The researchers analyzed two events in which governments or central banks signaled that prices were set to rise. One was a 2005 announcement by the German government that the country’s value-added tax (similar to the US sales tax) would increase from 16 percent to 19 percent in 2007. The second was a 2013 statement by then European Central Bank president Mario Draghi that interest rates would stay low or decline further for some time. To economists, this statement was a clear signal that price inflation would soon follow. more>


Introducing Cybersecurity Insights: Director’s Corner

By Matthew Scholl – The Director’s Corner will highlight how NIST’s cybersecurity, privacy, and information security-related projects are making a difference in the field and leading the charge to make positive changes.

I believe the greatest accomplishment for the division, and what I am most proud of, is how we work globally — and the way we work in an open, transparent, and inclusive process. This is especially true in the development and standardization of cryptography. This process, coupled with NISTs technical excellence in crypto, results in NIST encryption used by commercial IT products across the world. This underlying encryption enables billions of dollars of electronic commerce to function­; such as swiping credit cards at the grocery store — to online purchases — to major financial exchanges.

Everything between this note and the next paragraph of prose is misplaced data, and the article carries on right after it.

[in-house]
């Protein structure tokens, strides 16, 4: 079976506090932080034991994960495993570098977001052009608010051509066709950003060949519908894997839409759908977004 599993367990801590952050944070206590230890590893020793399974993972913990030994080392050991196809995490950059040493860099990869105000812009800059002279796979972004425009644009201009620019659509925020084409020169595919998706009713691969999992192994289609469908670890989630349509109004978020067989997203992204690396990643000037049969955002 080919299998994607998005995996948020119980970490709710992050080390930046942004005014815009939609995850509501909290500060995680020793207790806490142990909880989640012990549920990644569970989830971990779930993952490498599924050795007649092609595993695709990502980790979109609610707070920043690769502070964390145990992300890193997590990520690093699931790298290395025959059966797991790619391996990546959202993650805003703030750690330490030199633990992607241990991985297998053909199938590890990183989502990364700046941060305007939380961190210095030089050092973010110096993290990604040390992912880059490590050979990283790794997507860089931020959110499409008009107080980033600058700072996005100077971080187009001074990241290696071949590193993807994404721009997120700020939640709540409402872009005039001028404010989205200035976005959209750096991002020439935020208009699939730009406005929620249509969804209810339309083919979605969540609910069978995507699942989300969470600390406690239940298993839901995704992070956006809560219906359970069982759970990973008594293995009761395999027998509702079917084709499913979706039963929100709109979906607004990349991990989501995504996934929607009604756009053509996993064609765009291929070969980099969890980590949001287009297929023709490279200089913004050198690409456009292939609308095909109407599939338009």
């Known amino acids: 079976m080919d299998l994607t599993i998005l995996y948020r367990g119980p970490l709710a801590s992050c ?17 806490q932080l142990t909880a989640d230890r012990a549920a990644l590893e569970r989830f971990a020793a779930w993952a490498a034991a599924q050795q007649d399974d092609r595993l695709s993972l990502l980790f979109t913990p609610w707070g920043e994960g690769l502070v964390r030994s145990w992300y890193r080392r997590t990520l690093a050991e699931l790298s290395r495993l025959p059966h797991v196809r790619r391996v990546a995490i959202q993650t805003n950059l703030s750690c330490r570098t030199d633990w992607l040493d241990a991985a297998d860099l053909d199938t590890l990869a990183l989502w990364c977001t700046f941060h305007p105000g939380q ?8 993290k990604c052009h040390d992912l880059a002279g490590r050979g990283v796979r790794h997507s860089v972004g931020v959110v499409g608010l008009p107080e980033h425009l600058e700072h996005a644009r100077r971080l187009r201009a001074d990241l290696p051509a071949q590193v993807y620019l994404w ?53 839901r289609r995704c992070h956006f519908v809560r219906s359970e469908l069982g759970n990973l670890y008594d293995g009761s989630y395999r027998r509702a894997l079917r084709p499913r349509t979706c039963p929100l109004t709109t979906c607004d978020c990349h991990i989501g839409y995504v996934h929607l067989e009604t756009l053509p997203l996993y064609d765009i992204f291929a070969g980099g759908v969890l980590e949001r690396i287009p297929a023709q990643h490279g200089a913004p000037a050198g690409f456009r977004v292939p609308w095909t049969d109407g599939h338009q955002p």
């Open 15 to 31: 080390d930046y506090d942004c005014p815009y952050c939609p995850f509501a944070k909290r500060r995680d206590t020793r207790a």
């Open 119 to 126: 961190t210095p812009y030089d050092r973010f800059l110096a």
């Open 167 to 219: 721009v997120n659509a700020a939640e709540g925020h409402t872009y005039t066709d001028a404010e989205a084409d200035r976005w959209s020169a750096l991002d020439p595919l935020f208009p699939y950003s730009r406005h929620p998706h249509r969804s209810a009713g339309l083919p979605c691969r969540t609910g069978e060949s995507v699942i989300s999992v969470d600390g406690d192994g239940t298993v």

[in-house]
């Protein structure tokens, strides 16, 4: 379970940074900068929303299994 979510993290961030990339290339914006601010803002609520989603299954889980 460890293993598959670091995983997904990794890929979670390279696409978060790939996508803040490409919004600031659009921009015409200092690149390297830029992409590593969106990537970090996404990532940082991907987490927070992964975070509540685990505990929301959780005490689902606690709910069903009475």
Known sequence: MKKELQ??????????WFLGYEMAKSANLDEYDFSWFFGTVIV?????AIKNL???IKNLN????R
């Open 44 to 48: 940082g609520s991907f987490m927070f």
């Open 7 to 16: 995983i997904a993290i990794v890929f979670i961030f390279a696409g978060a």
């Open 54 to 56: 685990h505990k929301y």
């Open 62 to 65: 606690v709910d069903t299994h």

As we look at 2020 and beyond, NIST will update our encryption standards and ensure that encryption will continue to enable the economy and protect our livelihood. The biggest thing coming in the future (that you will hear more and more about), is in the area of quantum resistant cryptography. NIST is building open, transparent, and inclusive encryption methods with our global partners for new sets of encryption that are needed when quantum computing becomes a reality.

Quantum computing is a completely new method and architecture of conducting computational activity (or way to generate information). When a quantum computer finally is strong enough, some of our current encryption will become vulnerable. Therefore, NIST is proactively working to create new encryption standards. more>